Veal stock is kind of an issue,though, cos if you've been following me through this at all, you've seen me whine and gripe about the fact that I can never find any veal bones, ever, because there are no butchers in DC. Well as it turns out I was wrong, there is like A butcher in DC, and I found him, and he rules. He is in Eastern Market, where I high-tailed it this Saturday after a lunch at the Good Stuff Eatery (which is oh my god so good but I wanted to die after eating there). I grabbed 10 pounds of fresh (!!!) veal bones, chopped up into small pieces, just waiting for me to make some delicious stock. So hardcore! And they had chitterlings! YAAY!

Anyway. We lugged the bones home and in the morning, it was time to make some stock.

First, wash the bones with cold water and dry them off.

Apologies for the blurry pics this week, the camera is having some glitches or something, and we're not getting sharp pictures no matter what we try.

Then, line an oiled roasting pan with the bones, and roast at 350 degrees for about 50 minutes. However, as Tony says, "if you want to cheat..." OH MY GOD YES I WANT TO CHEAT TELL ME HOW!!! ...dollop some tomato paste onto the bones, sprinkle with a handful of flour, and work the stuff into the bones before roasting. Which I did.

While the bones roasted, I chopped up a mirepoix of 50% onion, 25% carrot and 25% celery, put it in another roasting pan, and shoved it into the oven. Roasting mirepoix smells like Thanksgiving!

Once the bones are browned, and the mirepoix is caramelized, dump both into a pot with some thyme and peppercorns, fill the pot with water, and bring to a simmer. The pot then goes on to simmer for a good eight to ten hours, while the house fills with the aroma of delicious meats. Actually I think this aspect of the stock making process is overrated. The stock smells great for a while, but then you just get kind of sick of the smell of simmering meat. Veal stock is a pretty oily, fatty stock too, so the house just gets to smelling unctuous. The smell gets literally everywhere, causing Husband J to remark, when time came to go to sleep, "my pillow smells like meat! I have a meat pillow!" Sounds kind of wrong, huh?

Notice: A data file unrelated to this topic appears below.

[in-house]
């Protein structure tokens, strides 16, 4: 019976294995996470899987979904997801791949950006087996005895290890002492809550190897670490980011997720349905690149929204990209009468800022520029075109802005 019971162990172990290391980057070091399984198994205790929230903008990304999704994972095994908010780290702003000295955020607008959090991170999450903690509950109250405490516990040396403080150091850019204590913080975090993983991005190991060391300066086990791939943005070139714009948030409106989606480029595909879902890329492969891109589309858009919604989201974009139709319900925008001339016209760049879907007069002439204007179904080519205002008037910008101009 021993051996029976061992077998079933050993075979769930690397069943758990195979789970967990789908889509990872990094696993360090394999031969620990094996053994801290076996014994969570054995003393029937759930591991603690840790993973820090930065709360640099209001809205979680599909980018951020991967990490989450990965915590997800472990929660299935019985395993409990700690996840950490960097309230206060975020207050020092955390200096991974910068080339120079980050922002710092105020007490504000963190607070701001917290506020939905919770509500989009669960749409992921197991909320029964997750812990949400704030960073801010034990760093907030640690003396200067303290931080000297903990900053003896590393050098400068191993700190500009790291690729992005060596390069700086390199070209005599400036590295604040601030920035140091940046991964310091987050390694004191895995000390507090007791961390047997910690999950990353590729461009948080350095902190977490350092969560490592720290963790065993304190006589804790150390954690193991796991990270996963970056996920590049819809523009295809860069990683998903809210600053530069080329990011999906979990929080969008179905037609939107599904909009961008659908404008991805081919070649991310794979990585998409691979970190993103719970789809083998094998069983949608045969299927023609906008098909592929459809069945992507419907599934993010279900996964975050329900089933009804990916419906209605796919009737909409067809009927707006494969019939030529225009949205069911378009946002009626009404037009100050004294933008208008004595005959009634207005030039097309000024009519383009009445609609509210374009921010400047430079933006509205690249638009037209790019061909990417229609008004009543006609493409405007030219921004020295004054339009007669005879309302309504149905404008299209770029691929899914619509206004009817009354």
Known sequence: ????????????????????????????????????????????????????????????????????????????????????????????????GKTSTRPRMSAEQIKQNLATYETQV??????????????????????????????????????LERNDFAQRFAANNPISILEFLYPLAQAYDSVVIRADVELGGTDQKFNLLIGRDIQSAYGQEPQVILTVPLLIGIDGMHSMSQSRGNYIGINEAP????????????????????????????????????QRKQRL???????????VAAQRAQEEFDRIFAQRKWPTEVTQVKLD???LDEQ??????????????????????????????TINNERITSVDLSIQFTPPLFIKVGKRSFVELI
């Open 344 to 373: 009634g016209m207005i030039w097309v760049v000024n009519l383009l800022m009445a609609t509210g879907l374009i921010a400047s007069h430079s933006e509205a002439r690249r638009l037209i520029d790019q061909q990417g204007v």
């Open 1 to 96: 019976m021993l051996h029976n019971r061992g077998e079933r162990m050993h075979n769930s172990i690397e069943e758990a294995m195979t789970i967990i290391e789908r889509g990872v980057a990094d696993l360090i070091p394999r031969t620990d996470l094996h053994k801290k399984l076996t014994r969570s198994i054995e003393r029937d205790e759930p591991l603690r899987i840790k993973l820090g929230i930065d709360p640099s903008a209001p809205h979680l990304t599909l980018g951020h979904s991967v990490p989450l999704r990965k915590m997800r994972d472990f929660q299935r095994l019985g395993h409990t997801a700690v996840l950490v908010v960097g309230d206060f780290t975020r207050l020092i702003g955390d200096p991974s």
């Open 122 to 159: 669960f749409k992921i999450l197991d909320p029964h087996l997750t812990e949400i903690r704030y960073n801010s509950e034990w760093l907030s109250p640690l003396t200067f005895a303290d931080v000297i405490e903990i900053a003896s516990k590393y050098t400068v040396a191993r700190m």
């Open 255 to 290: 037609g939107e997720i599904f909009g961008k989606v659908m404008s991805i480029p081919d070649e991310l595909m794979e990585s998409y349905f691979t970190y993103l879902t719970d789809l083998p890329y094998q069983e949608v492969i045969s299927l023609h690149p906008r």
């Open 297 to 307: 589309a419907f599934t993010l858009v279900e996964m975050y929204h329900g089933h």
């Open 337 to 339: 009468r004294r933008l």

Anyways, once the eight-to-ten hours is over, it's time to get all the solids out of the pot and strain the liquid through a strainer lined with cheesecloth. This left me with a rich brown liquid with a bit of oily fat on top that didn't strain off, and which I left to gather in a layer on top of the tupperwares as it cooled in an ice bath for future scrapage.

Ladling stock out of the pot to strain.

Voila, now there is veal stock and I can make Husband J's favorite dish, onglet salad and like 75% of the other recipes in this book. Hooray!

Actually I ended up having to make two batches of stock, since the bones and veg didn't all fit into one that still had room for enough liquid to make a decent amount of stock. So another pot went onto the stove on Monday night, causing all kinds of havoc as we (well, Husband J) had to get up at 3:30 am to turn off the burner, and then again at 6:30 to strain the still hot liquid. The second pot of stock didn't quite turn out as well as the first, it was lighter in color and seemed almost greasy rather than gloriously fatty. However, I'm not going to cry over a ball-less stock, but will instead raise the bar by turning the stuff into Tony's makeshift demi-glace in the next couple of days.

Lessons Learned: Butchers are pretty awesome. Roasting mirepoix smells like thanksgiving but simmering veal stock just smells kind of viscous.

Next Week: Well, I'm going to try to make demi-glace over the week, but the next weekend is another work weekend, and I'll be out of the country on business. So no cooking. But the NEXT weekend is Thanksgiving, after which I have promised to make my mother French onion soup. So there's that! Stay tuned!